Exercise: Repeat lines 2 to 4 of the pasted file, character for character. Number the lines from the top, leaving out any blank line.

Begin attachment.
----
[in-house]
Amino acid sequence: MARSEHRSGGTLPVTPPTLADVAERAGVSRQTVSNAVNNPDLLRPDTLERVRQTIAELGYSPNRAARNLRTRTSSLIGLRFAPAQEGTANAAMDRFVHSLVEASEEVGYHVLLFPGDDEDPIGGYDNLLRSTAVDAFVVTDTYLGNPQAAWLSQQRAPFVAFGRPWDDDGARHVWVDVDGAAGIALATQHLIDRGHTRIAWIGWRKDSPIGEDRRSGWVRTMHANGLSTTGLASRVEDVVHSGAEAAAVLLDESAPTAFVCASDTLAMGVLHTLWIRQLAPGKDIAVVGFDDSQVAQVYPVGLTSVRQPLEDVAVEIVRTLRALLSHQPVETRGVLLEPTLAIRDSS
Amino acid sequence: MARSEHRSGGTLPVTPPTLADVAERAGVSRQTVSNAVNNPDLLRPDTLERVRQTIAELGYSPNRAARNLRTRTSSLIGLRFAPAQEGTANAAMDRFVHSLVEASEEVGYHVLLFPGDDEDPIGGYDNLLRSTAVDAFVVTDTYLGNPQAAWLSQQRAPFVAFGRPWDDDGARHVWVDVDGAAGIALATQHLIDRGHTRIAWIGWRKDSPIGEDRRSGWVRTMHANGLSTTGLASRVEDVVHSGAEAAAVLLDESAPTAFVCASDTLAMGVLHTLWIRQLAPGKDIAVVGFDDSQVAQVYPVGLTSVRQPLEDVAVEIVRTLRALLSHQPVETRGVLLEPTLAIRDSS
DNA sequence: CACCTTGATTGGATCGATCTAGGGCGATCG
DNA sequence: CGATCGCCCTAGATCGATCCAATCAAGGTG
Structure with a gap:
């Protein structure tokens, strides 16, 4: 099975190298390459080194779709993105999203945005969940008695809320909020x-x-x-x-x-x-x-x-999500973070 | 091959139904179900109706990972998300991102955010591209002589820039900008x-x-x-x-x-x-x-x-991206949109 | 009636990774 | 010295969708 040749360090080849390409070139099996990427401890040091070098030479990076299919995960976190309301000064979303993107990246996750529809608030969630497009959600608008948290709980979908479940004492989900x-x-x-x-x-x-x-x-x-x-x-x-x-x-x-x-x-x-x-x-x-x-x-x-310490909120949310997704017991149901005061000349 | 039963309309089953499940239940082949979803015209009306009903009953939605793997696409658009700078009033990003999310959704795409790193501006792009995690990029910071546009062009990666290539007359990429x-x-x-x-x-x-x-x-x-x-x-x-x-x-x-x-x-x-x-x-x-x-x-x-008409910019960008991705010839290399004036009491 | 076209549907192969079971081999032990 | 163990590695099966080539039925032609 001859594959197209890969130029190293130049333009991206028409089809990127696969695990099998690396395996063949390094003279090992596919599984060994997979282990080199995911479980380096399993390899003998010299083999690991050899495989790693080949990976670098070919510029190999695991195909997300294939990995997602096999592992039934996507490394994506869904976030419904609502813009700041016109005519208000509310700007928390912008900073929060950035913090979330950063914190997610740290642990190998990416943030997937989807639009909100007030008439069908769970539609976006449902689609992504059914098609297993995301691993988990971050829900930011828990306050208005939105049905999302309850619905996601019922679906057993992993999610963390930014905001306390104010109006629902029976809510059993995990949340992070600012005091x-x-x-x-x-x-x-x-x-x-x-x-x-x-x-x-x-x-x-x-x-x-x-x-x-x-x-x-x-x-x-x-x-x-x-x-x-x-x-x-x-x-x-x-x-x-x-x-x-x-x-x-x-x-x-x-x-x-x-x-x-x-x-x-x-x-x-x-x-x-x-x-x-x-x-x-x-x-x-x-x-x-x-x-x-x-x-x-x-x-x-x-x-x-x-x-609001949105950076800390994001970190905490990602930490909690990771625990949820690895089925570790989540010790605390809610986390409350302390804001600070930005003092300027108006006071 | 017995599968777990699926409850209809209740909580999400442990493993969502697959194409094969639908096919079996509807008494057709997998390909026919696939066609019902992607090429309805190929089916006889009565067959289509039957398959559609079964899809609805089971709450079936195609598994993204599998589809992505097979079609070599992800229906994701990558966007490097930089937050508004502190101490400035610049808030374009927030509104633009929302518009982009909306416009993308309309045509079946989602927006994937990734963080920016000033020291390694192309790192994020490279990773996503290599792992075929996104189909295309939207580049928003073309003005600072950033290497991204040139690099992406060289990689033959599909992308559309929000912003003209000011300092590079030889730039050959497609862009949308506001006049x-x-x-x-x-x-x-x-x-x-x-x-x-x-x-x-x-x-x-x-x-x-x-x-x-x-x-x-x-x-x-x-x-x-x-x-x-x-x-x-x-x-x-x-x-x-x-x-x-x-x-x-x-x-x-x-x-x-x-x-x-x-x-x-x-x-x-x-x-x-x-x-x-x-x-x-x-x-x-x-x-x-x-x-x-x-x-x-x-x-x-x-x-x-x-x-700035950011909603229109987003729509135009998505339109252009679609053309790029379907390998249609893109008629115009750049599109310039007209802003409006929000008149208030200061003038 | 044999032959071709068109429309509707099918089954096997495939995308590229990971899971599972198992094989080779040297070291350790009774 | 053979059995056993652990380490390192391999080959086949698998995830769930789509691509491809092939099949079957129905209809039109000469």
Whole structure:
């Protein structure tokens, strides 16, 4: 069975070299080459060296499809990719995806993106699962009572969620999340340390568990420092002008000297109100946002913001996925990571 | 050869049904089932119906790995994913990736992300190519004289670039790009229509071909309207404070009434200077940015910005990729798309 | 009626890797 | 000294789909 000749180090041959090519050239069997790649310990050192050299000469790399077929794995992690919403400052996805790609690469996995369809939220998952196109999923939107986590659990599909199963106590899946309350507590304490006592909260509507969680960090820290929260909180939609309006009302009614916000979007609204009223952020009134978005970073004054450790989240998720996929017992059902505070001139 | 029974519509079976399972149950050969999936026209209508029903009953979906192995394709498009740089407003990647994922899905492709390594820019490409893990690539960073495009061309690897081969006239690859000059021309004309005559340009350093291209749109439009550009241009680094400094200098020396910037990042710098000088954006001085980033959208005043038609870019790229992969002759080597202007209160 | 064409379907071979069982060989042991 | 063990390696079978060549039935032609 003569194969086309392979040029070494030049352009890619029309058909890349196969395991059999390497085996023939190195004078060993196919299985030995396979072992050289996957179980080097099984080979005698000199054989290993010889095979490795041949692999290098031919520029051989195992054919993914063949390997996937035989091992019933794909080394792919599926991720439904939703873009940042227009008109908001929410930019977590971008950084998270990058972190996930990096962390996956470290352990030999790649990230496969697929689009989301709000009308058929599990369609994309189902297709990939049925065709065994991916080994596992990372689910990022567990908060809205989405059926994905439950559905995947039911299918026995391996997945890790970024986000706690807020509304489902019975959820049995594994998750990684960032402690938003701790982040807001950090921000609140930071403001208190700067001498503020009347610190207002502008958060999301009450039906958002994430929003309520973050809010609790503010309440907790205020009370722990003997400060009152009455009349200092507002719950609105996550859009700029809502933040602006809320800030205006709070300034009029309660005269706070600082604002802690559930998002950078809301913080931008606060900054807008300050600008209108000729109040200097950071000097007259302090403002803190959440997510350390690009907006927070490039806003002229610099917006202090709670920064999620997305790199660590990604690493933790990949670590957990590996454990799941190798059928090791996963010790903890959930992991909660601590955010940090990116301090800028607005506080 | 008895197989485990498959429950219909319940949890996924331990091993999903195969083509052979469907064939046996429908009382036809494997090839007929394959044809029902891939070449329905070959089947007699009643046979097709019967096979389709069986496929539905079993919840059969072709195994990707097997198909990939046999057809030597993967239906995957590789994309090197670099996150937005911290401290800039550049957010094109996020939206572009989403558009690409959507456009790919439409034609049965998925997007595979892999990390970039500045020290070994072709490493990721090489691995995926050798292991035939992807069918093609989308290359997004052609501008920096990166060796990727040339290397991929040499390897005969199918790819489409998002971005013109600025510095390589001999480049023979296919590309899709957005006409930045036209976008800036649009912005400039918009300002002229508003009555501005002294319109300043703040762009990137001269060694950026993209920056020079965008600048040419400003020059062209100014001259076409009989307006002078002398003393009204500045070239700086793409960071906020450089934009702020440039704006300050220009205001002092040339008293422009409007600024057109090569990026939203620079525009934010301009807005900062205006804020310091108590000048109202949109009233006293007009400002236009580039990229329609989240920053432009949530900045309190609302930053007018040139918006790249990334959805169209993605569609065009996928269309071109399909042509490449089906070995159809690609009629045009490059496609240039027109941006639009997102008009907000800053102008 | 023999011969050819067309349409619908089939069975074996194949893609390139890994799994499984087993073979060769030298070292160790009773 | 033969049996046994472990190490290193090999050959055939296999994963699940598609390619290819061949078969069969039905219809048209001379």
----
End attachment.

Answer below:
Amino acid sequence: MARSEHRSGGTLPVTPPTLADVAERAGVSRQTVSNAVNNPDLLRPDTLERVRQTIAELGYSPNRAARNLRTRTSSLIGLRFAPAQEGTANAAMDRFVHSLVEASEEVGYHVLLFPGDDEDPIGGYDNLLRSTAVDAFVVTDTYLGNPQAAWLSQQRAPFVAFGRPWDDDGARHVWVDVDGAAGIALATQHLIDRGHTRIAWIGWRKDSPIGEDRRSGWVRTMHANGLSTTGLASRVEDVVHSGAEAAAVLLDESAPTAFVCASDTLAMGVLHTLWIRQLAPGKDIAVVGFDDSQVAQVYPVGLTSVRQPLEDVAVEIVRTLRALLSHQPVETRGVLLEPTLAIRDSS
Amino acid sequence: MARSEHRSGGTLPVTPPTLADVAERAGVSRQTVSNAVNNPDLLRPDTLERVRQTIAELGYSPNRAARNLRTRTSSLIGLRFAPAQEGTANAAMDRFVHSLVEASEEVGYHVLLFPGDDEDPIGGYDNLLRSTAVDAFVVTDTYLGNPQAAWLSQQRAPFVAFGRPWDDDGARHVWVDVDGAAGIALATQHLIDRGHTRIAWIGWRKDSPIGEDRRSGWVRTMHANGLSTTGLASRVEDVVHSGAEAAAVLLDESAPTAFVCASDTLAMGVLHTLWIRQLAPGKDIAVVGFDDSQVAQVYPVGLTSVRQPLEDVAVEIVRTLRALLSHQPVETRGVLLEPTLAIRDSS
DNA sequence: CACCTTGATTGGATCGATCTAGGGCGATCG